There is a huge range of free and open source software available nowadays which cover just about every need that someone could ever think of. Applications for Graphic Designers fall within this range and there are a number of options available for use in a design studio.
The best known and most popular open source design applications are Gimp, Inkscape and Scribus. The industry standard applications that they have to compete with are, respectively, Adobe Photoshop, Adobe Illustrator and Adobe Indesign/Quark Xpress.
The big question, however, is what are the pros and cons of using free software in a professional design environment? Just because these applications are available, can a Graphic Designer really build a commercial studio around open source software?
The quick and simple answer is ‘yes’, but there are some caveats that a Graphic Designer should consider before committing to using open source design software.
The commercial applications have large well funded development teams working full time to regularly improve the features offered. Open source applications have to rely on volunteers working on their own time and this often means that the core applications cannot match the range of features and tools offered by proprietary software.
Open source software may have an advantage though in that developers with a certain interest are free to go their own way and produce plug-ins that can be used to extend the functionality of the core applications.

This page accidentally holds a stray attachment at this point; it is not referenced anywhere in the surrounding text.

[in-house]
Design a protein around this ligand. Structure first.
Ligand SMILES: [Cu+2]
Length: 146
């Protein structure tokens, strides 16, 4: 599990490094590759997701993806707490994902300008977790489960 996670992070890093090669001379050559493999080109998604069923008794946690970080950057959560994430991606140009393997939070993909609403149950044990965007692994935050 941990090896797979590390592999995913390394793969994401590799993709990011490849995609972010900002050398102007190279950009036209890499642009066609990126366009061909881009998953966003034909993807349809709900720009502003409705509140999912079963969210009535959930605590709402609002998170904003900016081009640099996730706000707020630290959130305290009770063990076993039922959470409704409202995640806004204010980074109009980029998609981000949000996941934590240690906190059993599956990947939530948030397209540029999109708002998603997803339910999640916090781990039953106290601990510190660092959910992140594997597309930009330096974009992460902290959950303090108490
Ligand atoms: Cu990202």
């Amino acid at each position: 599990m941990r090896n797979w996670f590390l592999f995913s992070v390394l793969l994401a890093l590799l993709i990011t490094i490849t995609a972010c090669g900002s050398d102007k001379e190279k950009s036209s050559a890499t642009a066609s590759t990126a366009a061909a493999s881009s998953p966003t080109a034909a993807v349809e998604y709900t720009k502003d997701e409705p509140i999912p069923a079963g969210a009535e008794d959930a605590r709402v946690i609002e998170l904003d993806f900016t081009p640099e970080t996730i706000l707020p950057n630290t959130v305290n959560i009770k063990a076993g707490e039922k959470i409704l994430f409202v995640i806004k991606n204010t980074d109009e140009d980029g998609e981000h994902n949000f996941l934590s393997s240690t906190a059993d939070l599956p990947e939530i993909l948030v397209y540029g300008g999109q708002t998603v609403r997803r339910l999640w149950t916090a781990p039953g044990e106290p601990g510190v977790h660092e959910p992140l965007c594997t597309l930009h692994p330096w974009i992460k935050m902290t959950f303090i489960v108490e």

One example of this is Gimp not having ‘out of the box’ support for CMYK, but this functionality can be added and so make the software suitable for a Designer who produces print materials.
Ease of Use
For Graphic Designers who have experience of working with the common proprietary applications, this can be one the most difficult aspects of using open source design software, however, for new users this presents less of a problem as they are not already familiar with another user interface.
More of a concern is the requirement to sometimes install other pieces of software in order to make the main software work. This can be particularly common when installing plug-ins to add new features and some users who are not very comfortable with their computers may find this problematic.
Paid for software, on the other hand, generally just needs a few clicks to install and have it functioning as expected.
All software use their own file formats and this can be problematic if a Graphic Designer has to share files with other Designers or work with files supplied by third parties. If a Designer is regularly collaborating on projects with others, they may have no choice but to use proprietary software, such as those offered by Adobe.
Designers working on their own may not have to worry about this, particularly now that PDF has become the common way of providing artwork for print.
This is obviously the big pro in terms of using free open source software. At the time of writing, Adobe’s Creative Suite Design Standard, which is the lowest cost way of purchasing Photoshop, Indesign and Illustrator, is priced at $1,399.
Acquiring Gimp, Scribus and Inkscape will cost nothing, other than the cost of the internet connection to download them. For a Graphic Designer starting out, this huge saving may be enough to convince them that the negative points of using open source Graphic Design software are just minor inconveniences.
Overall, the open source solutions can’t match the powerful feature sets of the industry standard proprietary applications, but their flexibility in being extended with plug-ins and the huge cost savings mean that they are a viable option for smaller Graphic Design studios.